Thymoglobulin for induction or rejection therapy in pancreas allograft recipients: A single centre experience

Jennifer Trofe, Robert J. Stratta, M. Francesca Egidi, Agnes Lo, Lillian W. Gaber, M. Hosein Shokouh-Amiri, Hani P. Grewal, Marsha Honaker, Karen Hardinger, Rita R. Alloway, A. Osama Gaber

Research output: Contribution to journalReview articlepeer-review

11 Scopus citations


Purpose: To review the safety and efficacy of thymoglobulin in pancreas transplant patients receiving tacrolimus and mycophenolate mofetil. Methods: Retrospective, single centre analysis of 45 patients transplanted between 1995 and 2000 who received 54 courses of thymoglobulin, including 36 courses in 29 solitary pancreas transplant recipients (16 pancreas alone, 13 pancreas after kidney transplants) and 18 courses in 16 simultaneous kidney-pancreas transplant patients. Thirty-two patients (71%) were primary pancreas transplants, 10 (22%) were second transplants and three (7%) were third transplants. Of the 54 treatment courses, 19 (35%) were for induction, 27 (50%) were for primary rejection and eight (15%) were rescue therapy for rejection. All rejection episodes were biopsy-proven in at least one organ. Results: The median thymoglobulin dose was 1.5 mg/kg/d with a mean of six doses (range 3-10). Dose reduction or interruption was required in 28 courses (52%), most often due to leukopenia (n = 24), fever (n = 2) and thrombocytopenia (n = 2). Thymoglobulin was resumed in all but three patients, two with persistent fever and one with infection. Infectious complications (n = 25) occurred in 17 patients (38%) within 30 days and included bacterial (n = 16), cytomegalovirus (n = 4), polyoma (n = 1), fungal (Candida albicans, n = 1), toxoplasmosis (n = 1) and ehrlichiosis (n = 2). Post-transplant lymphoproliferative disease occurred in two patients (4%) at a mean of 70 d post-thymoglobulin treatment. In the 19 patients that received thymoglobulin induction, one simultaneous kidney-pancreas transplant, two pancreas alone and four pancreas after kidney transplant recipients developed rejection (37% incidence), while all remaining patients followed by surveillance protocol biopsies were rejection-free. In the 35 patients that received thymoglobulin for rejection, reversal occurred in 26 of the patients (74%). Rejection recurred within 30 d in five patients and post-treatment biopsies revealed persistent rejection in three of 20 pancreas and two of eight renal biopsies. After a mean follow-up of 6 months, the actual patient and pancreas graft survival rates were 93% and 71%, respectively. Conclusion: Thymoglobulin was effective as induction therapy in high-risk pancreas transplant recipients, and resulted in initial reversal of rejection in 74% of patients. Dose adjustments were required in over half the cases and were usually due to leukopenia. Infections occurring subsequent to thymoglobulin were not uncommon and reflected the immunosuppressive burden of the patient population.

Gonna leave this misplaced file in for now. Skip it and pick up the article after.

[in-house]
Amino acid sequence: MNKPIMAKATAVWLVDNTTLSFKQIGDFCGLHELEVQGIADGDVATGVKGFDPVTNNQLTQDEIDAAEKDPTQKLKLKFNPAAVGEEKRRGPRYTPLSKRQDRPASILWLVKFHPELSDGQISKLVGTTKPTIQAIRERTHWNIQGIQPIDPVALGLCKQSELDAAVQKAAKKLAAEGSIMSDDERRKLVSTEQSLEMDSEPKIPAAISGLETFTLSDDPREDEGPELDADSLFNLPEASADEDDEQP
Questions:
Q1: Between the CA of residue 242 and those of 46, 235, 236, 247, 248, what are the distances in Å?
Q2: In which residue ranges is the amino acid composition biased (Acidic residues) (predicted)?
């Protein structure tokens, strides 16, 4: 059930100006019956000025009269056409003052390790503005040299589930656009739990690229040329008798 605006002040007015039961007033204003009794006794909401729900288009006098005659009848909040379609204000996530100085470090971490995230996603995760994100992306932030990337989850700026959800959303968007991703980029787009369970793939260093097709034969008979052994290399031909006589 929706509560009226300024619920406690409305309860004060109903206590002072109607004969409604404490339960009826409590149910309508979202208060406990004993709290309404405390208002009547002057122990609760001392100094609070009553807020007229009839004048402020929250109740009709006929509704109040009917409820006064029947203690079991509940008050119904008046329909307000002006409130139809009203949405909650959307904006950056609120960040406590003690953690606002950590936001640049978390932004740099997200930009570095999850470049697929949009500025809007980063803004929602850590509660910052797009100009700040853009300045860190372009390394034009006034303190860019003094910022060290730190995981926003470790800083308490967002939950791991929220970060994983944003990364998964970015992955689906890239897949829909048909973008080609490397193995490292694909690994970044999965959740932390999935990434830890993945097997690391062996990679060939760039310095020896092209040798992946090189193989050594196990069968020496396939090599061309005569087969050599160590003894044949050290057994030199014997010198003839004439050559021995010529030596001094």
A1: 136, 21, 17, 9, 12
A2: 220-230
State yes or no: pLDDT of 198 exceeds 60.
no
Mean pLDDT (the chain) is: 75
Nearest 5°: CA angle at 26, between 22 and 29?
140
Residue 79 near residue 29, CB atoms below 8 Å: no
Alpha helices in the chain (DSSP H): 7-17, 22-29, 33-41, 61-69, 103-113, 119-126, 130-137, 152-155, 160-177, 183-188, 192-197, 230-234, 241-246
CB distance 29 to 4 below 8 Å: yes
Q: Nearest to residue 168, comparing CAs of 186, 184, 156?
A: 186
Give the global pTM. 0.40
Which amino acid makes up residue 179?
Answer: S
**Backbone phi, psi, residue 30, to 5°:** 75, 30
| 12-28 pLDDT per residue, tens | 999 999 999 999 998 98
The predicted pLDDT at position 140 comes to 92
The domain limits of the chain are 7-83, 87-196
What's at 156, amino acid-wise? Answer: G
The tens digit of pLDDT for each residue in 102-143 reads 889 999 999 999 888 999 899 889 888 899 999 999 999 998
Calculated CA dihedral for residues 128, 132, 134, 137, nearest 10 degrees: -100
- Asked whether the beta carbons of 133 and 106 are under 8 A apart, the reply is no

Original languageEnglish (US)
Pages (from-to)34-44
Number of pages11
JournalClinical Transplantation
Issue numberSUPPL. 7
StatePublished - 2002


  • Antibody induction
  • Immunosuppression
  • Pancreas transplantation
  • Rejection
  • Simultaneous kidney-pancreas transplant
  • Solitary pancreas transplant
  • Thymoglobulin

ASJC Scopus subject areas

  • Transplantation
  • Immunology


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